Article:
# Union of sets formula

Given a family of sets $$A_i$$, with i $$\in\{1,2,...,n\}$$, we need to prove the formula: $$$$\bigcup_{i=1}^n A_i =(A_1\setminus A_2)\cup (A_2\setminus A_3) \cup \cdots\cup (A_{n-1}\setminus A_n)\cup (A_n\setminus A_1)\cup \bigcap_{i=1}^n A_i$$$$

So now I post what I have done, and I don't know if it is correct. Therefore I ask for suggestions for correcting the mistakes I made and for alternative approaches.
In order to solve this problem, it is given to us a simpler formula: $$$$\bigcup_{i=1}^n A_i=A_1\cup(A_2\setminus S_1)\cup \cdots \cup (A_n\setminus S_{n-1})$$$$ with $$S_k=\bigcup_{i=1}^kA_i$$ for any generic $$k$$. So what I have thought is to modify the notation of the original formula, substituting $$A_i$$ with $$B_{n-i+1}$$. Thus $$A_1$$ with $$B_n$$, $$A_2$$ with $$B_{n-1},\cdots, A_n$$ with $$B_1$$, reaching the following formula. \begin{align*} \bigcup_{i=1}^nA_i=\bigcup_{i=1}^n B_i&=(B_n\setminus B_{n-1})\cup (B_{n-1}\setminus B_{n-2})\cup \cdots \cup (B_2\setminus B_1)\cup(B_1\setminus B _n)\cup \bigcap_{i=1}^nB_i\\ &=(B_1\setminus B_n) \cup (B_2\setminus B_1) \cup \cdots \cup (B_{n-1}\setminus B_{n-2})\cup (B_n\setminus B_{n-1}) \cup \bigcap_{i=1}^nB_i \end{align*}

Observation 1: define $$Z_k=\bigcup_{i=1}^kB_k$$, and we notice that $$B_i\setminus B_{i-1}\supset B_i\setminus Z_{i-1}$$.
Observation 2: $$A\cup B=A\cup B\cup B = A\cup A \cup B$$ for the property of the union. So the repeating of the union is the same.
Observation 3: if $$B\subset C$$, then $$A\cup B \cup C=A\cup C$$.
Observation 4: if $$(B_1\setminus B_n)$$ was $$B_1$$, the formula will be a supset of the simpler formula written above, and given that $$\forall i,(B_i\setminus B_{i-1})\subset \bigcup_{i=1}^nB_i$$ we have that the formula will be exactly $$\bigcup_{i=1}^nB_i$$.

So I was focusing on if we can reach $$B_1$$ from the formula doing the union of $$(B_1\setminus B_n)$$ with the other terms. Therefore $$(B_1\setminus B_n)\cup (B_n\setminus B_{n-1})$$ we get the set $$(B_1 \setminus (B_n\cap B_{n-1}))$$. With union of another term: $$(B_1\setminus B_n)\cup (B_n\setminus B_{n-1})\cup (B_{n-1}\setminus B_{n-2})$$ we have $$(B_1 \setminus (B_n\cap B_{n-1}\cap B_{n-2}))$$ and etc. [What I have written you can just check graphically with the Venn diagrams drawing a set called $$B_1$$ and a set $$B_1\cap B_n$$) in $$B_1$$].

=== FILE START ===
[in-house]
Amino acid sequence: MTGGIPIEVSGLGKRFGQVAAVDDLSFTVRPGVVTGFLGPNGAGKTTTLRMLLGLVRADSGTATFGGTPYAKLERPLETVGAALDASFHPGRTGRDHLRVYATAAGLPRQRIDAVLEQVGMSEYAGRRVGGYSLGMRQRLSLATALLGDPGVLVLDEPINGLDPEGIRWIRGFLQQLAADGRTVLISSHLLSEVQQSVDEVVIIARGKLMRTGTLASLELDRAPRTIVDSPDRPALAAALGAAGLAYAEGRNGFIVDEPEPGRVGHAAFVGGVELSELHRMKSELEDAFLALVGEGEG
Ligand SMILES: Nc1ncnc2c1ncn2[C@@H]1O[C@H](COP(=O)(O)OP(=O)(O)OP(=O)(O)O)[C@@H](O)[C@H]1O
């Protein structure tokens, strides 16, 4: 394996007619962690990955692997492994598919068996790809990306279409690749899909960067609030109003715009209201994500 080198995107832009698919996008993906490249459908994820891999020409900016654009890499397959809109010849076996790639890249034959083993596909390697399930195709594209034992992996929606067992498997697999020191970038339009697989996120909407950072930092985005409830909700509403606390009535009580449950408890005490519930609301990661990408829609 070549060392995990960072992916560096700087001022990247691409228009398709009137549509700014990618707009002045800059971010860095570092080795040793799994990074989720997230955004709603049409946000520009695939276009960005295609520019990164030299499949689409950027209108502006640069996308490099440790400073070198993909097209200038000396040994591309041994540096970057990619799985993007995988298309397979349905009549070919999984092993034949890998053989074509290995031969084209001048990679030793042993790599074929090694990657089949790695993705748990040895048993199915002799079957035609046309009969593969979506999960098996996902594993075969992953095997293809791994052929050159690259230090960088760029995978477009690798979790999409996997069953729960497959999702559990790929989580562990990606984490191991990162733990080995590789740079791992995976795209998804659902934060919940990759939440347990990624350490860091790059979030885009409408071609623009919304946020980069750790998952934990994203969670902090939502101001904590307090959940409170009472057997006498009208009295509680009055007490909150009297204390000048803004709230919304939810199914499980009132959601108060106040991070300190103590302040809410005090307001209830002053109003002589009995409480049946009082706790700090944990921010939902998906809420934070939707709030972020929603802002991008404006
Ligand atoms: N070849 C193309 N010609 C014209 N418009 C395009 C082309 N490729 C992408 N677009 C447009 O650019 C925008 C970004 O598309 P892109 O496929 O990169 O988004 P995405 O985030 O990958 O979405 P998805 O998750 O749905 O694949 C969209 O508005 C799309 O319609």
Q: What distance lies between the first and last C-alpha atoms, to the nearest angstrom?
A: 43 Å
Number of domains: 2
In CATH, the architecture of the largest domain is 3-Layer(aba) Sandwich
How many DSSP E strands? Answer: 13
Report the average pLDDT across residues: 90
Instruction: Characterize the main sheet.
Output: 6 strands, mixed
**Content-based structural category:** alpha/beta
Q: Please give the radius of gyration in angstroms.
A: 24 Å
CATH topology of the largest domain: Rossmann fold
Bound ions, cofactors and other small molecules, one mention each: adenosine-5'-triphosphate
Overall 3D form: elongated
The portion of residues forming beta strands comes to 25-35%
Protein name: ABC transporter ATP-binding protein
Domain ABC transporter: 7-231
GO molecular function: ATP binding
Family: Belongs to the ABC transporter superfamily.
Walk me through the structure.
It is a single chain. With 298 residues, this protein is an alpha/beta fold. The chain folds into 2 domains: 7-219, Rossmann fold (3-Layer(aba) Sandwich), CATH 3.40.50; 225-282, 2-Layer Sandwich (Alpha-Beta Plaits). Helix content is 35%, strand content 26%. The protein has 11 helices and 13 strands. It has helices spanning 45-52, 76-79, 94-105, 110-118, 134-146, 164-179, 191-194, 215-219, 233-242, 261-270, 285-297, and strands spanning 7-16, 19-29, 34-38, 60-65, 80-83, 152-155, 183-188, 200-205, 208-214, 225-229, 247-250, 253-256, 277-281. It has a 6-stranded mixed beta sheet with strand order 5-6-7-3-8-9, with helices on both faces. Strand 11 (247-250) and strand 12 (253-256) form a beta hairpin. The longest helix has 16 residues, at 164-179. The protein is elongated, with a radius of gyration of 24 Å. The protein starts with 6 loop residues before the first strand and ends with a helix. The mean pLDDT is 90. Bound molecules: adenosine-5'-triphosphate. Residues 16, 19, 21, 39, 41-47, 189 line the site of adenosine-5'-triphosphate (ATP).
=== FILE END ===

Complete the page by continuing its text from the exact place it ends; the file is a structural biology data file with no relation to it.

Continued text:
We can then extend this result using induction.
At the end of the day: \begin{align*} &(A_1\setminus A_2)\cup (A_2\setminus A_3) \cup \cdots\cup (A_{n-1}\setminus A_n)\cup (A_n\setminus A_1)\cup \bigcap_{i=1}^n A_i\\ =& [(B_1\setminus B_n) \cup (B_n\setminus B_{n-1})\cup \cdots \cup (B_{2}\setminus B_{1})] \cup \\ &(B_2\setminus B_1) \cup \cdots \cup (B_{n-1}\setminus B_{n-2})\cup (B_n\setminus B_{n-1}) \cup \bigcap_{i=1}^nB_i\\ =&(B_1\setminus \bigcap_{i=1}^nB_i) \cup (B_2\setminus B_1) \cup \cdots \cup (B_{n-1}\setminus B_{n-2})\cup (B_n\setminus B_{n-1}) \cup \bigcap_{i=1}^nB_i \\ \supset &B_1 \cup (B_2\setminus B_1) \cup \cdots \cup (B_n\setminus B_{n-1}) \setminus \bigcap_{i=1}^nB_i \cup \bigcap_{i=1}^nB_i \\ \supset &B_1 \cup (B_2\setminus Z_1) \cup \cdots \cup (B_n\setminus Z_{n-1}) \setminus \bigcap_{i=1}^nB_i \cup \bigcap_{i=1}^nB_i \\ = &\bigcup_{i=1}^nB_i =\bigcup_{i=1}^nA_i \end{align*}

Again, I don't know if this solution is correct, and I gently ask you for feedbak and suggestions pls!

• You can show inclusion in both ways. One way is trivial. For the other way, look at an element in the union. Either it's in all sets, or there's a set such that it's in it but not in the following set. Commented Sep 17, 2023 at 7:01

By definition an element of $$\bigcup_i A_i$$ is an element of $$A_i$$ for some $$i$$. That's easy enough. An element of the RHS, on the other hand, is either an element of $$A_i$$ not in $$A_{i+1}$$ for some $$i$$ (with cyclic indices), or an element of all the $$A_i$$. The RHS is clearly a subset of the LHS. To prove the other inclusion, let $$a \in \bigcup_i A_i$$ be an element of the union. Then either $$a \in \bigcap_i A_i$$ is in the intersection, or there is some index $$j$$ such that $$a \not \in A_j$$. What we need to show is that we can choose $$j$$ such that $$a \in A_{j-1}$$ (with cyclic indices).
Why can we do this? Well, suppose otherwise; then $$a \not \in A_{j-1}$$, and either $$a \in A_{j-2}$$, which means we can choose $$j-1$$ as our new suitable index, or $$a \not \in A_{j-2}$$, and then either $$a \in A_{j-3}$$, or... (again, all indices are cyclic) Continuing in this way, and cycling around the indices if necessary, we must find a suitable $$j$$ because $$a \in \bigcup_i A_i$$ by hypothesis.